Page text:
How to help children who are scared
We are coming up to the time of Ghosts and Ghouls, ‘Trick or Treat’ and Halloween. Many children will be scared by the sight of costumes associated with these rituals. However being scared is a normal part of childhood development. Children learn to manage their emotions and assess risk and threat. These are some steps to help your child:
- Explain that fear is a natural response and affects parents from time to time also. The body reacts with a fight, flight or freeze response with an increase in the heart rate, breathing or shaking. This phase is usually short lived and will pass.
- Many things scare children. As a child I was scared by the Daleks on Dr Who and would watch the TV from behind the couch. Clowns, baddies, monsters, barking dogs and other animals such as spiders also trigger a fear response. This is based on an evolutionary response that is designed for our survival and protection.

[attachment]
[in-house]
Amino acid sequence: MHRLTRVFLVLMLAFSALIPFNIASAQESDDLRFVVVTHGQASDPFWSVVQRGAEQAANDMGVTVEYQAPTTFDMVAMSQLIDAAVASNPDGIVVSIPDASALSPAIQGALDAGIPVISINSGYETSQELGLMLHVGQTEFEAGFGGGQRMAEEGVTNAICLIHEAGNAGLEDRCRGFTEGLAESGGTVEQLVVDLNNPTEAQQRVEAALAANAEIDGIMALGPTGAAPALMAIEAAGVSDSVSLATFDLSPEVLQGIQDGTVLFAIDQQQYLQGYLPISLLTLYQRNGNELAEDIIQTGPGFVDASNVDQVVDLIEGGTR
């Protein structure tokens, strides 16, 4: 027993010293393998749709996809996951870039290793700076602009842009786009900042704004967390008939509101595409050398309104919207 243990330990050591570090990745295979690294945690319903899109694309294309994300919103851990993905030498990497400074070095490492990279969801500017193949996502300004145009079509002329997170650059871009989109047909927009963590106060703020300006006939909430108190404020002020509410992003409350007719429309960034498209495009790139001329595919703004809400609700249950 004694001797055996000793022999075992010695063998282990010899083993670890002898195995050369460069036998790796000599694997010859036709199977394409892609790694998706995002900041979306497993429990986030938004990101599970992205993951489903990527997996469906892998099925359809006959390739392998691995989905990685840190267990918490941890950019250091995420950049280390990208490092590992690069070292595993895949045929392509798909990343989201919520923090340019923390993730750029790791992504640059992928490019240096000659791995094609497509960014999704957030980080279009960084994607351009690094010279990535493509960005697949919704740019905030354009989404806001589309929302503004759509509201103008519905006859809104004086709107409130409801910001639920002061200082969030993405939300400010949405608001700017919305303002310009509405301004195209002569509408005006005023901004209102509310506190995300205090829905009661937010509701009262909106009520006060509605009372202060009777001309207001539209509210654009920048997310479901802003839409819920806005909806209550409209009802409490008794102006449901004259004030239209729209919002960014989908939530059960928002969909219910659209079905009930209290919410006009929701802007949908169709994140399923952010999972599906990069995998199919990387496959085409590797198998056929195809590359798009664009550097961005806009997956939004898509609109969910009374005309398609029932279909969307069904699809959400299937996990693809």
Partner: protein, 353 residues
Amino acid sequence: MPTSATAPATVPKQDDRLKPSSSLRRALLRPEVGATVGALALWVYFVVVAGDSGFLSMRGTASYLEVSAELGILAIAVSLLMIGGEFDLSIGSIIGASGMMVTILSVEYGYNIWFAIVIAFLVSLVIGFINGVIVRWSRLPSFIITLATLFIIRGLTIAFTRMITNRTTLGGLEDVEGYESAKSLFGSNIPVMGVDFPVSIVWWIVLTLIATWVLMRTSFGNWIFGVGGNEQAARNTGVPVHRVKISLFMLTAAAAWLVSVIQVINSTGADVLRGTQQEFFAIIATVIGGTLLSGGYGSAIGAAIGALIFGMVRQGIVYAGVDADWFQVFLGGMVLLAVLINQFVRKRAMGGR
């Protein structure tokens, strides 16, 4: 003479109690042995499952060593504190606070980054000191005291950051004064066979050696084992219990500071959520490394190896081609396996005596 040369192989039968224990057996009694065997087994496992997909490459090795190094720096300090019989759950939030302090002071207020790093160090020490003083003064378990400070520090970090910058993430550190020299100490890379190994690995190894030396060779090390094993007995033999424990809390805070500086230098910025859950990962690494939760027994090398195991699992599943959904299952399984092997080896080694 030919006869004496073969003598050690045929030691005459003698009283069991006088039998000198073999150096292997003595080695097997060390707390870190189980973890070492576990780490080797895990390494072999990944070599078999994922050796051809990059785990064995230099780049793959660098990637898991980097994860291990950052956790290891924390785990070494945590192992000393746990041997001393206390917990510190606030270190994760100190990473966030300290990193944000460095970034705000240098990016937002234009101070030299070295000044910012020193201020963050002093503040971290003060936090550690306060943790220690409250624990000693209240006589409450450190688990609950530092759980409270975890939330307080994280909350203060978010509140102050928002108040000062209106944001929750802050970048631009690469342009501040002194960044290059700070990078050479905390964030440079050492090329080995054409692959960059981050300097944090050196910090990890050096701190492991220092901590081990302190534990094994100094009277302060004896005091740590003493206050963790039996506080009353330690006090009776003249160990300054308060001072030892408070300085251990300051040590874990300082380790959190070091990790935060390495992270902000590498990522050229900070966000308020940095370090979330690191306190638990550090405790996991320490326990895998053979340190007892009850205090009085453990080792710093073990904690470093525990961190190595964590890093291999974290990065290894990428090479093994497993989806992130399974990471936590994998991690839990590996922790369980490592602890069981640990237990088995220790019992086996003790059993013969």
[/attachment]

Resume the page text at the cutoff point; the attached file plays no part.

- When your child experiences scary feelings and sensations they should be reassured and enabled to feel safe. I encourage children to notice where these scary feelings are locate in their body. If these feelings persist long after the exposure to the fearful stimulus individual therapy can be helpful.
- These feelings may cause nightmares and there are several steps to resolve this. A nightlight might help and avoiding unnecessary exposure to the stimulus e.g. clown, Halloween costume of TV programme is also beneficial.
- Sometimes fears can spread to other aspect’s of your child’s life. They may be reluctant to go to school, have non-specific tummy pain or even refuse to eat. The child can be encouraged to be confident and face their fears. However you may need professional help to initiate this process.
- Children fear what is new and what they don’t understand. Once back in control of these emotions self confidence can emerge. When the clown bursts their balloon your child may react with a startled response. You can say, “ You seemed to be frightened when that balloon burst. Let’s investigate together to see what happened”. This strategy can be applied to other noises such as those from a vacuum cleaner hair dryer or other electrical device. You can help your child to control the volume and take agency over their fears and sensory sensitivities.
- Finally the less anxious as a parent you are the less anxious your child will be in confronting these fears.
Dr Art O’Malley MB BAO BCh BAO MRCPsych FRCPsych EMDR Europe Accredited Consultant for Children Adolescents and Adults